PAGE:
Battle Buddy Series – A Prayer for the Courageous

by Darian McIntosh

Broken. This is the theme I have encountered many times this past week. When I am contemplating what my next entry in my blog series will be, I often take cues from what is going on in my own life. This week, I visited a church and heard multiple stories from its members sharing their personal brokenness. Many stories came from people that you never would have guessed are experiencing it. I have read news stories about people around the world being broken from tragedies occurring or due to pandemic-related economic downturns. I have talked to people experiencing broken hearts, broken relationships and even broken phones. I have personally felt broken both physically and emotionally at different points of this week.

 

When this recurrent theme kept rearing up its very ugly head, I resisted the thought that this is a topic I should write about. Being broken just sounds so negative and in no way encouraging for anyone to think about. Above all, we do everything in our power to avoid this most unpleasant of sensations. We pretend it doesn’t exist. We don’t like to talk about it so why would we want to read about it. I have come to the conclusion that that may be the precise reason why we should. Everyone knows it personally. We have all been there, some more than others. 

 

Marathons 101

 

This series has been less a how-to guidebook for marathon running and a bit more heuristic in nature (I chose this word because I liked the definition of it; enabling someone to discover or learn something for themselves). For me, that means making my series more relatable. The best way I know how to do this is to talk of my own experiences because I am not telling you something you don’t already know. I am just trying to talk about something you may need reminding of.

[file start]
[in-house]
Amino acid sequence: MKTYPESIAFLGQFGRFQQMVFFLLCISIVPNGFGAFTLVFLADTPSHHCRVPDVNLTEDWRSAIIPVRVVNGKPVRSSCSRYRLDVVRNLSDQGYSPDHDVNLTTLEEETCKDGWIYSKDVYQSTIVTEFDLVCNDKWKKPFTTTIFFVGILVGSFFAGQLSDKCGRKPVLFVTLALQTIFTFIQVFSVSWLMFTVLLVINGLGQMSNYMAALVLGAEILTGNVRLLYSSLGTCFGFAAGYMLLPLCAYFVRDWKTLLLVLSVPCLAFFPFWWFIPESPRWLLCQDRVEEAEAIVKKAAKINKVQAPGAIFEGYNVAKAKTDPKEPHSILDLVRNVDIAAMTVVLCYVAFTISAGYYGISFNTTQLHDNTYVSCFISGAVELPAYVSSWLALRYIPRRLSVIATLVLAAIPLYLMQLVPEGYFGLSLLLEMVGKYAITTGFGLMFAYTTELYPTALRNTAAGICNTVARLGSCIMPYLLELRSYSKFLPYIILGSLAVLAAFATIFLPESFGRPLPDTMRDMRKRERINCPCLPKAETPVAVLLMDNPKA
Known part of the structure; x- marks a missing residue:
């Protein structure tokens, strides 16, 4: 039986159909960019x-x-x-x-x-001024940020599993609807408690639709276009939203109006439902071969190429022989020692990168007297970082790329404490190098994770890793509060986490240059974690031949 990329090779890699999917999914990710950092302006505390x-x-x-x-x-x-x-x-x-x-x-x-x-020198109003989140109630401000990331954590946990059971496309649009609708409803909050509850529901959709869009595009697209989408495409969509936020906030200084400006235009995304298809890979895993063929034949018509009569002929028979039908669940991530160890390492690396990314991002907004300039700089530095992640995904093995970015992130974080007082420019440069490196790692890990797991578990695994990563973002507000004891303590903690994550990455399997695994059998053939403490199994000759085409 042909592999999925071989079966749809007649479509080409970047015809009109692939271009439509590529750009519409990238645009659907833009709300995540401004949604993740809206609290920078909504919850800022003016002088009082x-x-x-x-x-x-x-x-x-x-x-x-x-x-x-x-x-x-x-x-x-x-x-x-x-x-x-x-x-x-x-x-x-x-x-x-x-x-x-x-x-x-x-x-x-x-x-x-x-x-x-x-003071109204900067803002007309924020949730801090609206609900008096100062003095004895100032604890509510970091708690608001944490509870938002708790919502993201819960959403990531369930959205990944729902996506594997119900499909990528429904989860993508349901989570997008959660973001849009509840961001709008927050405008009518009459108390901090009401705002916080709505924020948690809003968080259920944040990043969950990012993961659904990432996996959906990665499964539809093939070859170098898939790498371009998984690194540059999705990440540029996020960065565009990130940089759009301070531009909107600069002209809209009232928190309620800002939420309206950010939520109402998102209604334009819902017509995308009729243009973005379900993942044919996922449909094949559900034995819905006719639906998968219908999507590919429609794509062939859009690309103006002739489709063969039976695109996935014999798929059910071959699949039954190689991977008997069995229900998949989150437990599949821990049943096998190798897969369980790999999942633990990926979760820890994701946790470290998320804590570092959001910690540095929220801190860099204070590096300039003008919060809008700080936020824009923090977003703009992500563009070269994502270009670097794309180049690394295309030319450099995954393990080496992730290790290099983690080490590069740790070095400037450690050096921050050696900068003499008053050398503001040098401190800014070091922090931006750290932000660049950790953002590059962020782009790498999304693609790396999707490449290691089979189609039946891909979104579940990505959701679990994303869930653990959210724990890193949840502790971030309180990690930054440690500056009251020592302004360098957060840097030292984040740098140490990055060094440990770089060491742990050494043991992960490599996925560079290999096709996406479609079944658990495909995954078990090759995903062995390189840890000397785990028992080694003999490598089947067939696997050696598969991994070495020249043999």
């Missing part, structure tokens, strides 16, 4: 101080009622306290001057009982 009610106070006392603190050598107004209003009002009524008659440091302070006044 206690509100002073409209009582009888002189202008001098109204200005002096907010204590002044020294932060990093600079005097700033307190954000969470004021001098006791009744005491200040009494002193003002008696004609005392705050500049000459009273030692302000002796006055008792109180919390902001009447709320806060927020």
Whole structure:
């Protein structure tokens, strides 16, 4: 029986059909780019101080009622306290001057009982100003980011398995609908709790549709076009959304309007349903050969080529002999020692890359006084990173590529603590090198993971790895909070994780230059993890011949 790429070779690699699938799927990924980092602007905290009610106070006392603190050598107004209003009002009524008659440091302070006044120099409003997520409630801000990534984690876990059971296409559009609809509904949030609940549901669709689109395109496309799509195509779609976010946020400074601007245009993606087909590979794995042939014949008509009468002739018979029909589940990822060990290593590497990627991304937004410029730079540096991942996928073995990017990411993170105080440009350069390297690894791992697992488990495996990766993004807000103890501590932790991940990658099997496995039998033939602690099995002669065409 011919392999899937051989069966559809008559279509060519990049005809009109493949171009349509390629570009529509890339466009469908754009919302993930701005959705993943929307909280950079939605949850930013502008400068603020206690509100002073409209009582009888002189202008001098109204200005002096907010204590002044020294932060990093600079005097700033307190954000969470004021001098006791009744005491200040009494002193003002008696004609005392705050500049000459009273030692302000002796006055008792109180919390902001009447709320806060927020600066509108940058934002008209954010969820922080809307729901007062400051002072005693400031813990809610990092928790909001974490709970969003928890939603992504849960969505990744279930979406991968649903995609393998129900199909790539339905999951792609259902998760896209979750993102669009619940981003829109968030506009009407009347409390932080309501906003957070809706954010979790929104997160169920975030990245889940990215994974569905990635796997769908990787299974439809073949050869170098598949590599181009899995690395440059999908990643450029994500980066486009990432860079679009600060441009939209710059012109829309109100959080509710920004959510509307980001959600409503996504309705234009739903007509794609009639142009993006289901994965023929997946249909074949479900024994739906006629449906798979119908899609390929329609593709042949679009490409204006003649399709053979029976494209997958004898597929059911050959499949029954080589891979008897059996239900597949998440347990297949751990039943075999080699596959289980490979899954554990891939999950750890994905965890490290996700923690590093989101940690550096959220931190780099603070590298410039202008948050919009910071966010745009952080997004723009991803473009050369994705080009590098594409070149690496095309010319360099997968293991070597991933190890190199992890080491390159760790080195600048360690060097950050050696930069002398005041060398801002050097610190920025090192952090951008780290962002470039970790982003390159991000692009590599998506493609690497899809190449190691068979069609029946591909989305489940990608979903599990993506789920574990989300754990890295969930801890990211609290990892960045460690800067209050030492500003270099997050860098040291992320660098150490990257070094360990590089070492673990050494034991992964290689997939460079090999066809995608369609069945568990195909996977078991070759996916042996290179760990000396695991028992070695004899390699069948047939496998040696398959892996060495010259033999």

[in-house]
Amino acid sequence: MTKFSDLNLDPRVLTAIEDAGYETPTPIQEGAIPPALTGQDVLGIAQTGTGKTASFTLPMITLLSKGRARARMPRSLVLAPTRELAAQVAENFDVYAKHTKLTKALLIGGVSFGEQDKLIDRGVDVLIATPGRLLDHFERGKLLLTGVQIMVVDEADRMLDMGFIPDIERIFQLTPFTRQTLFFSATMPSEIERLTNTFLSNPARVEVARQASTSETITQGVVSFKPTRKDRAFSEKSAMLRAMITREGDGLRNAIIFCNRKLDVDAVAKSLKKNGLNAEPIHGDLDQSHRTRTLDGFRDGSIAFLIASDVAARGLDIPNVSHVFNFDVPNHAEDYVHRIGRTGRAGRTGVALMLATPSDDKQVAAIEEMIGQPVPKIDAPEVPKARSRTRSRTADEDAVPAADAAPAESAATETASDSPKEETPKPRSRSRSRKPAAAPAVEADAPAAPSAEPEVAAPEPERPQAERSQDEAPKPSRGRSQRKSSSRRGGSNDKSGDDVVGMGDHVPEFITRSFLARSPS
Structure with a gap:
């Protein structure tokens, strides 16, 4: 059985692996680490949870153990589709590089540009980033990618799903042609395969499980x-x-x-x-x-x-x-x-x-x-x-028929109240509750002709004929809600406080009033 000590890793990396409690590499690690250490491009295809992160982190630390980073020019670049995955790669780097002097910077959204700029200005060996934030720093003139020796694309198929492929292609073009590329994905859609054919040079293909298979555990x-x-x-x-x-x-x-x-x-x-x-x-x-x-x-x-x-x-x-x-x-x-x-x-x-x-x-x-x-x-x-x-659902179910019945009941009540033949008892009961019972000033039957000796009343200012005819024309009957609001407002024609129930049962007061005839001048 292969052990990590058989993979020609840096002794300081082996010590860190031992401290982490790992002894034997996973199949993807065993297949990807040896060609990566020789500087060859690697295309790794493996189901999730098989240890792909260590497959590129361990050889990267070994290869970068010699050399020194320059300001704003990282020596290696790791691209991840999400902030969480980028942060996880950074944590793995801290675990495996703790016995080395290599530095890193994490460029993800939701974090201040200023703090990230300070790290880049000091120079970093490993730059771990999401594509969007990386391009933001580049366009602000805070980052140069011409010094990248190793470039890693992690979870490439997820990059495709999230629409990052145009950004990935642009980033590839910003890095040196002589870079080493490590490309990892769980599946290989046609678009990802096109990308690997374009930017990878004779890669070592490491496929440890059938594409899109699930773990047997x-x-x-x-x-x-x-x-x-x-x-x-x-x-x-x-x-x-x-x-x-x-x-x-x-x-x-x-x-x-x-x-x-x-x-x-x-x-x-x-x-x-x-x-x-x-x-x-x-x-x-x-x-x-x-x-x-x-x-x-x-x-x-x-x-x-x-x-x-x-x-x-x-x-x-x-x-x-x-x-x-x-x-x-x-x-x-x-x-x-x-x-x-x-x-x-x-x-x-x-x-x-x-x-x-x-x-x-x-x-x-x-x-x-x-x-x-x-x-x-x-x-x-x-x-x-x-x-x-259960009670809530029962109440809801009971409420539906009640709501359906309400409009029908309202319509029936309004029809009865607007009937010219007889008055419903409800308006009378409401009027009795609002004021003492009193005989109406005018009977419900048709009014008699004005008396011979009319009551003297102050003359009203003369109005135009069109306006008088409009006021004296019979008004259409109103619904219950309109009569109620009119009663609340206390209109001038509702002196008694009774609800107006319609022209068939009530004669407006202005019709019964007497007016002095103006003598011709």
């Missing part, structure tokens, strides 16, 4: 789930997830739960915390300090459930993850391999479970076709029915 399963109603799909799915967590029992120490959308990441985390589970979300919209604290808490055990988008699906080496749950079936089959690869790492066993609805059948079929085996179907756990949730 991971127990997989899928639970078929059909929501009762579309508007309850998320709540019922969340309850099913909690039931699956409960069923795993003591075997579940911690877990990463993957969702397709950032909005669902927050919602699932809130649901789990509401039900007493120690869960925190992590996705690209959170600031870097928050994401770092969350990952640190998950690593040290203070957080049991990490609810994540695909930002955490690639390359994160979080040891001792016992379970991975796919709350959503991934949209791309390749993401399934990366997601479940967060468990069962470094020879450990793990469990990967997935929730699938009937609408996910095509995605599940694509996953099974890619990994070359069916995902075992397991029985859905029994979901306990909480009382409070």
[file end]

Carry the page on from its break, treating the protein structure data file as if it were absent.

Speaking of reminding (ok, so this may technically be something you don’t already know), did you know that in the US, only 1% of the population actually completes a full marathon? This random fact was given to me this week also. If this is indeed a true fact, I’m guessing that statistically speaking, the percentage of people that even attempt a marathon and/or train for one is not all that much higher. Do you know what that means? It means those of us that have made the commitment are among an elite group. Running a race is not for the faint-hearted. It is very physically taxing. You might say It breaks you. 

 

I heard someone this week make an analogy that being broken in the right way (yes, there is a right way) is not simply a renovation but a rebuilding. Now, he was referring to a broken spirit but this analogy works here because you simply change it and refer to it in the physical body. Training to run a marathon, having never done it before, requires you to not just renovate your body for improvements but rebuild the way it does things from scratch. When you search for pictures of marathon runners, odds are you will be inundated with images of very fit people that seem bred for this sport. The reality is not everyone is already in shape when training starts for them. Many people have done this as a means to an end. Some people started running as a way to become physically fit, possibly after being impacted negatively by not being able to exercise prior for various reasons. As a way to show commitment to their new craft, a marathon seems the ultimate way to prove their commitment to others but more importantly, prove to themselves that they can do it. What a rush it is to accomplish something that you previously thought was reserved for only the most insanely gifted or maybe just the purely insane! I can proudly say that I have personally experienced a few of these treasured moments and they are life-altering. But as they say, you remember the negative things more than the positive things in life. This pattern of brokenness can often be prohibitive to us experiencing more of these significant experiences and that has been the case for me.

 

Kayaking Love